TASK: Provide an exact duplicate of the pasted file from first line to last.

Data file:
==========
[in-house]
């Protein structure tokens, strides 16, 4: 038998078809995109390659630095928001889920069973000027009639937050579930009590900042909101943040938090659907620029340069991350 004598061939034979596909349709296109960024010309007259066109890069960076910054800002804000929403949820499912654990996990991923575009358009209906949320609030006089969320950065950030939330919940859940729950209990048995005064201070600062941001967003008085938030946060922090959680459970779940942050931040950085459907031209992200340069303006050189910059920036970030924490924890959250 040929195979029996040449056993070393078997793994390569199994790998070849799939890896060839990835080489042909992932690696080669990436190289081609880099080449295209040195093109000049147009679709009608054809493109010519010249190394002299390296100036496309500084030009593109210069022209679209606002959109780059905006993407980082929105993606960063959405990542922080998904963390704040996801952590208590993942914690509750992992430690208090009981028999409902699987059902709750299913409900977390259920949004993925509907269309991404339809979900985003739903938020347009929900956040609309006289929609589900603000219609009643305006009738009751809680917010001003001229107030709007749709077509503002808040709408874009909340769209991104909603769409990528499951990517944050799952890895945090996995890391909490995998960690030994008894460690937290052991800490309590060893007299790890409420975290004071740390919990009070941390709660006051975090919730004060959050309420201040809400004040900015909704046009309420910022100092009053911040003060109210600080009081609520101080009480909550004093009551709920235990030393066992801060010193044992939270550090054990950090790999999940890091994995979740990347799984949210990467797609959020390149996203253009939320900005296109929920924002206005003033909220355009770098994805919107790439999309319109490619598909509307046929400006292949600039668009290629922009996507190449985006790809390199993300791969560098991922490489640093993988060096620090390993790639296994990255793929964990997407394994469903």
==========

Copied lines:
[in-house]
């Protein structure tokens, strides 16, 4: 038998078809995109390659630095928001889920069973000027009639937050579930009590900042909101943040938090659907620029340069991350 004598061939034979596909349709296109960024010309007259066109890069960076910054800002804000929403949820499912654990996990991923575009358009209906949320609030006089969320950065950030939330919940859940729950209990048995005064201070600062941001967003008085938030946060922090959680459970779940942050931040950085459907031209992200340069303006050189910059920036970030924490924890959250 040929195979029996040449056993070393078997793994390569199994790998070849799939890896060839990835080489042909992932690696080669990436190289081609880099080449295209040195093109000049147009679709009608054809493109010519010249190394002299390296100036496309500084030009593109210069022209679209606002959109780059905006993407980082929105993606960063959405990542922080998904963390704040996801952590208590993942914690509750992992430690208090009981028999409902699987059902709750299913409900977390259920949004993925509907269309991404339809979900985003739903938020347009929900956040609309006289929609589900603000219609009643305006009738009751809680917010001003001229107030709007749709077509503002808040709408874009909340769209991104909603769409990528499951990517944050799952890895945090996995890391909490995998960690030994008894460690937290052991800490309590060893007299790890409420975290004071740390919990009070941390709660006051975090919730004060959050309420201040809400004040900015909704046009309420910022100092009053911040003060109210600080009081609520101080009480909550004093009551709920235990030393066992801060010193044992939270550090054990950090790999999940890091994995979740990347799984949210990467797609959020390149996203253009939320900005296109929920924002206005003033909220355009770098994805919107790439999309319109490619598909509307046929400006292949600039668009290629922009996507190449985006790809390199993300791969560098991922490489640093993988060096620090390993790639296994990255793929964990997407394994469903």